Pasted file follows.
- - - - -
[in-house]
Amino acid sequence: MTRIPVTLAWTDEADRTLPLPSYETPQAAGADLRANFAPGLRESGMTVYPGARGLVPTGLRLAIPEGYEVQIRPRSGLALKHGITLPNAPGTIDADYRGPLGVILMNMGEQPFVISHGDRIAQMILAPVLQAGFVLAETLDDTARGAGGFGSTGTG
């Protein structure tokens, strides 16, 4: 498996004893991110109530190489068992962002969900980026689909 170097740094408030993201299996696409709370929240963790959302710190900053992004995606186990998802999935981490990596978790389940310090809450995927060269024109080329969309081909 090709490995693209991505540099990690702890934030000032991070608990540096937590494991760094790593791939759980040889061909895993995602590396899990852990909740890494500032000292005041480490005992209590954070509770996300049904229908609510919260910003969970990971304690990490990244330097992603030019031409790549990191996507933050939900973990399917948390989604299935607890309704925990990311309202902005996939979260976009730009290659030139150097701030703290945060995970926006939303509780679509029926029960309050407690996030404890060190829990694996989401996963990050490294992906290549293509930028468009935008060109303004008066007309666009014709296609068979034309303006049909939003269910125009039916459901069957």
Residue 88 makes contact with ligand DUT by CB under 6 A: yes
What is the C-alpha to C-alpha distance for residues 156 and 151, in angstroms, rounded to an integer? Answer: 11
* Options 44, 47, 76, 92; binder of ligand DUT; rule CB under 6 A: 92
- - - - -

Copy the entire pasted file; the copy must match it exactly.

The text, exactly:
[in-house]
Amino acid sequence: MTRIPVTLAWTDEADRTLPLPSYETPQAAGADLRANFAPGLRESGMTVYPGARGLVPTGLRLAIPEGYEVQIRPRSGLALKHGITLPNAPGTIDADYRGPLGVILMNMGEQPFVISHGDRIAQMILAPVLQAGFVLAETLDDTARGAGGFGSTGTG
């Protein structure tokens, strides 16, 4: 498996004893991110109530190489068992962002969900980026689909 170097740094408030993201299996696409709370929240963790959302710190900053992004995606186990998802999935981490990596978790389940310090809450995927060269024109080329969309081909 090709490995693209991505540099990690702890934030000032991070608990540096937590494991760094790593791939759980040889061909895993995602590396899990852990909740890494500032000292005041480490005992209590954070509770996300049904229908609510919260910003969970990971304690990490990244330097992603030019031409790549990191996507933050939900973990399917948390989604299935607890309704925990990311309202902005996939979260976009730009290659030139150097701030703290945060995970926006939303509780679509029926029960309050407690996030404890060190829990694996989401996963990050490294992906290549293509930028468009935008060109303004008066007309666009014709296609068979034309303006049909939003269910125009039916459901069957």
Residue 88 makes contact with ligand DUT by CB under 6 A: yes
What is the C-alpha to C-alpha distance for residues 156 and 151, in angstroms, rounded to an integer? Answer: 11
* Options 44, 47, 76, 92; binder of ligand DUT; rule CB under 6 A: 92